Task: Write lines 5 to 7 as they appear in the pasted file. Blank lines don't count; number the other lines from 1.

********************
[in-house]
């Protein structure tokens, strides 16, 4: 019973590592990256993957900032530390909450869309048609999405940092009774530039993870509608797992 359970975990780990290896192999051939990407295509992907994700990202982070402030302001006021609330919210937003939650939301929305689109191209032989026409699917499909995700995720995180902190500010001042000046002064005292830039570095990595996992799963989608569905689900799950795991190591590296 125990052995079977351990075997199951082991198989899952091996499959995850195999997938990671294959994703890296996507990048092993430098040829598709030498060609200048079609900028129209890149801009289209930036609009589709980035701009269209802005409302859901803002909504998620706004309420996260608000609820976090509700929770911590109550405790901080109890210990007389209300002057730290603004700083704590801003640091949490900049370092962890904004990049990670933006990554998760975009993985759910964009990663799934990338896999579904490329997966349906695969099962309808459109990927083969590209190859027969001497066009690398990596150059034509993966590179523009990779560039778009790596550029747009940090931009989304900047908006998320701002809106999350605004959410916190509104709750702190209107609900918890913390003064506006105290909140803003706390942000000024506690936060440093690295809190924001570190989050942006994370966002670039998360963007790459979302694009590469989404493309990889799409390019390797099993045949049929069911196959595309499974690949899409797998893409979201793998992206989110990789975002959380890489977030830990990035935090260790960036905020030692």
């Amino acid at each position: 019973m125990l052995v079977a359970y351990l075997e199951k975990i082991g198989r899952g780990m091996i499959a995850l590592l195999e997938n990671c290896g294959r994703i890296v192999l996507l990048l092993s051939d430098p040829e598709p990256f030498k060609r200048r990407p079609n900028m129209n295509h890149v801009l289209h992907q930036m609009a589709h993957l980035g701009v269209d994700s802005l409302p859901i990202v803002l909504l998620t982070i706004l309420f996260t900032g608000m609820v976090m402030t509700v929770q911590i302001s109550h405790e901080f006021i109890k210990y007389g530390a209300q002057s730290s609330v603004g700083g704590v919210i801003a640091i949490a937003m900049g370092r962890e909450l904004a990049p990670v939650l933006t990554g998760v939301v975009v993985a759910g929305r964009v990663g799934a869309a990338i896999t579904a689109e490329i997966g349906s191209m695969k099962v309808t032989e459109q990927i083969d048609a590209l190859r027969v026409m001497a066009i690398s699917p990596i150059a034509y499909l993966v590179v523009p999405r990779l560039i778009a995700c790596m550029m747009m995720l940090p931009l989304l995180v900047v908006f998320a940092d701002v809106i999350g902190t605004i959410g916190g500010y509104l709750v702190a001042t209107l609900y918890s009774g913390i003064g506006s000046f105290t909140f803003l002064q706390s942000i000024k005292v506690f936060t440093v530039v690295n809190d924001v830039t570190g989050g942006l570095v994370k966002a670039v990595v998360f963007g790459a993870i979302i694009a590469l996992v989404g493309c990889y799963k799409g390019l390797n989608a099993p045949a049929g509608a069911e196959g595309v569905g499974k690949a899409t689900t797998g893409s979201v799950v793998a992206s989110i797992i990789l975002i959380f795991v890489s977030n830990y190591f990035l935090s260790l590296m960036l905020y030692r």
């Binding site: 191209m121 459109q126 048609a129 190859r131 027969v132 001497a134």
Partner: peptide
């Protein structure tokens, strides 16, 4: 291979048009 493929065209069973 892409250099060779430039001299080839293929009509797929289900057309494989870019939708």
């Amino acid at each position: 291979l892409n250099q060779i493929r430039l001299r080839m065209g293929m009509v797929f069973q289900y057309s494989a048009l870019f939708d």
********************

Partner: peptide
């Protein structure tokens, strides 16, 4: 291979048009 493929065209069973 892409250099060779430039001299080839293929009509797929289900057309494989870019939708």
């Amino acid at each position: 291979l892409n250099q060779i493929r430039l001299r080839m065209g293929m009509v797929f069973q289900y057309s494989a048009l870019f939708d």